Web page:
What is one thing you would tell young girls/women when it comes to education, and having a career?

My advice would be to thoroughly explore yourself first. It is crucial to make your decisions for yourself as well as take others into consideration. However, it is ultimately your mind and your career. Make sure you are knowledgeable and aware of the long-term benefits, downfalls and opportunities that you create for yourself with the completion of your training. Your hard work, persistence and dedication will definitely pay.


Where are your from? 

Chicagoland suburbs, Lansing and Jordan

Age? 24

What is your educational background?

Bachelor of Arts degree in Elementary Education from the University of
Illinois at Chicago; with endorsements in Middle School,
English/Language Arts, and ESL/ELL Education.

What do you do now? For how long?

I am currently an ESL/ELL teacher for 2nd and 3rd graders. I have had
this position for 3 months.

What are your goals for your career?

Now that I have achieved one of my goals of getting a full-time
teaching job, I plan to gain some experience in the classroom for a
few years then go back to school to get my masters in elementary
education or ESL/ELL education.

What has been the toughest obstacle for you when trying to have a career, and being a Arab woman? Explain briefly.

The toughest obstacle now that I have started my career is the
pressure to get married and start a family. My family has been
extremely supportive and encouraging throughout my years of education
because they understand the importance of a college degree and a
career. They have also been supportive with my job search. Now that I
have begun my career, I feel that there is an automatic need for me to
start the next step in life, which is marriage. This is especially
true since I am an Arab woman. Since I have, literally, just started
my career, I would love to take time to enjoy and experience it
without needing to worry about the next big step in life so soon.
Unfortunately, in our culture, that idea is not very welcomed because
we have this imaginary expiration date which increases the pressure
even more.

How has education helped you shape your identity?

Education has definitely shaped who I am today. I have learned many
life lessons and experienced things that I know I would not have been
able to if I did not complete my education. As a college graduate, I
have been able to achieve something that many Arab woman are never
able to do and that is something I value.

What is one thing you would tell young girls/women when it comes to education, and having a career?

I tell my younger girl cousins all the time that they would be making
the biggest mistake if they decide to not continue their education
after high school. It is one thing to have a job at the mall or at a
restaurant, but when you begin your career and are working in a field
you’ve spent years studying, it makes it all worth it. There is a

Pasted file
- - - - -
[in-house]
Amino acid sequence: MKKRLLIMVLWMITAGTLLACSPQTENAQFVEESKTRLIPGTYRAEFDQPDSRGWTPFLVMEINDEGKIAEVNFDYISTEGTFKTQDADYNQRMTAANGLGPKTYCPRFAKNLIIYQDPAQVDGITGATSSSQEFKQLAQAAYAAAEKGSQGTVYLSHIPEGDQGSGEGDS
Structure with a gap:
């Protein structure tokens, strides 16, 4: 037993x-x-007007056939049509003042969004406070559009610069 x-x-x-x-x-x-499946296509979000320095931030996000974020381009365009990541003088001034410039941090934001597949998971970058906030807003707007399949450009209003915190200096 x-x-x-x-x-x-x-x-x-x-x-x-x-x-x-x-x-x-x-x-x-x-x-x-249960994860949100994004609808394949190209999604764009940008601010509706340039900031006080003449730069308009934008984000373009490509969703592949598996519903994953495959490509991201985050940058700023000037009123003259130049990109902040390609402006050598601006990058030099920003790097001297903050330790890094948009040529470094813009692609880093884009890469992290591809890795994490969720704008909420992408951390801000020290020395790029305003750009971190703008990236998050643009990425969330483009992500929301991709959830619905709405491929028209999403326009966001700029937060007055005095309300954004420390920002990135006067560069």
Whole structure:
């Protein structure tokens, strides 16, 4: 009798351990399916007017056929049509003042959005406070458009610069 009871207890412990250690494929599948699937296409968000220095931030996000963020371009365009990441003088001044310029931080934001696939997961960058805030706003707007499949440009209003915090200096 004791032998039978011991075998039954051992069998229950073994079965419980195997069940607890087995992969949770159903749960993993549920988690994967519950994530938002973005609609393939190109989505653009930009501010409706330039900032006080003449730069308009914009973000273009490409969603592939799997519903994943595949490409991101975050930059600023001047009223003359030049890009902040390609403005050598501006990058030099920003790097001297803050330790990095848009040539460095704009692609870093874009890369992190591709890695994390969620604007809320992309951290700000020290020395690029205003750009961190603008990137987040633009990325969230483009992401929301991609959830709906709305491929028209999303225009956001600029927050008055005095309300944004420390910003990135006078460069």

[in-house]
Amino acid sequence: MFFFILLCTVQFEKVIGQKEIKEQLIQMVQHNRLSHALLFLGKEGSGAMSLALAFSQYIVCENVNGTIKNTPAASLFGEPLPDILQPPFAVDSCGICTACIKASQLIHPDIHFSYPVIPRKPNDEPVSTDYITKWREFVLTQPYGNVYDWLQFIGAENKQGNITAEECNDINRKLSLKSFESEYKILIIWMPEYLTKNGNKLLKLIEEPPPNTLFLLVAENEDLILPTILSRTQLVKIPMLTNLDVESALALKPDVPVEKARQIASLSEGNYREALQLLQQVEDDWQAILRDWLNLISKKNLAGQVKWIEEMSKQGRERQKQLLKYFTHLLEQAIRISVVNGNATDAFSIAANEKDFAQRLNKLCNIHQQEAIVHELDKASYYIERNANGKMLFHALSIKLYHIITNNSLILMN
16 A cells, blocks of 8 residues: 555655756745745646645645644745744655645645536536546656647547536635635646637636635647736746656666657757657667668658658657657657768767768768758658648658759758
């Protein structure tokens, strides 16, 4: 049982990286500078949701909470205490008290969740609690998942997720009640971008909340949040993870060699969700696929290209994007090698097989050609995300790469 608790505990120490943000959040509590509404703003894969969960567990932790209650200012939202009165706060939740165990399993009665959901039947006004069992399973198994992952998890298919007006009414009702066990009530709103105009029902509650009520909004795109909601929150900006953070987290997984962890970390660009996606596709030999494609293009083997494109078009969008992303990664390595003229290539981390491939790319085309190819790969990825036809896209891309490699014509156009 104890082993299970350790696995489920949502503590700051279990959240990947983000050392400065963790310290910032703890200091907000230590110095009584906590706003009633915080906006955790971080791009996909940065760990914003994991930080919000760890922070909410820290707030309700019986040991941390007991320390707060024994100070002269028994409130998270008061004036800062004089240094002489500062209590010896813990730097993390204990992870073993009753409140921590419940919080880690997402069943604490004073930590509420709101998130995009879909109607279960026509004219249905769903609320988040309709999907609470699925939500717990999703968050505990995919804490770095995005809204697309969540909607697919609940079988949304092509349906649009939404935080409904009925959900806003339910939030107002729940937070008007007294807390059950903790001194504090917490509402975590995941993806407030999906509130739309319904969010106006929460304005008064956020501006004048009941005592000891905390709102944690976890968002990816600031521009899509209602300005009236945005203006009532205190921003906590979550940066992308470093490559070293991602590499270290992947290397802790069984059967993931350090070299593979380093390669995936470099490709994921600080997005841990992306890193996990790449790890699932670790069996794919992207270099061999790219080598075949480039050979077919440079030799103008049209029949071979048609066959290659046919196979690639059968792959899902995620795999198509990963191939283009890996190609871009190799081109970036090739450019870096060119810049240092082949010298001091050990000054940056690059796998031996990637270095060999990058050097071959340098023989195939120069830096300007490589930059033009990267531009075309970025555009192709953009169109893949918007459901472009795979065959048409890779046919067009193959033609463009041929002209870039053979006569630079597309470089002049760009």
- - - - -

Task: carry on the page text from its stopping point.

sense of personal value that automatically increases. You become part
of a population that people dream of being in. No matter how hard it
may be, how long it takes, or how many obstacles come in the way, keep
your eye on the finish line because once you get there all the
struggles and stress becomes a blur. Do not let something like gender
or culture stand in your way of reaching your full potential.

Dina Nemri

Where are your from? 

I am Jordanian-American, born and raised in Chicago.

Age? 24

What is your educational background?

I have a bachelor of science in biotechnology and minor studies in psychology, from Purdue University Calumet.

What do you do now? For how long?

I work as a quality assurance analyst. Company is based on food manufacturing and I ensure safe and quality food. I’ve been doing this for about 1.5 years.

What are your goals for your career?

My goals for my career is to advance to a position that highlights my strengths and allows me to utilize my full potential. I would like to gain more experience and conduct research in my field. I hope to further my education as well, so that I may launch myself into a career that is more advanced.

What has been the toughest obstacle for you when trying to have a career, and being a Arab woman? Explain briefly.

As an Arab woman trying to have a career, I feel very limited. There are so many opportunities out there to better myself and my craft, but not being able to reach out to those places has kept me within limits. I desire the freedom to make my own decisions and not be judged for them, wherever they take me. I aspire to travel and communicate with all different types of people without thinking twice about how others will perceive me for doing so

What obstacles do you still face as a Middle Eastern woman?

I face being judged for just about anything; from the clothes that I wear to the people who I choose to be friends with. It is difficult to form bonds with people and experience new things on my own when others make decisions for me. I often become consumed with desires to be able to do things that everyone else can. It creates a caged feeling.

How has education helped you shape your identity?

Education has empowered me. It has given me an unshakeable foundation. I draw my confidence and self-esteem from countless years spent in formal schooling. It has given me the necessary tools to become the person I want to be.

What is one thing you would tell young girls/women when it comes to education, and having a career?

I would tell them that anything is possible. Anything can be achieved. Nothing is too out of reach and no one can take anything from you. I would tell them to not be afraid of taking risks and doing what it is that makes you happy.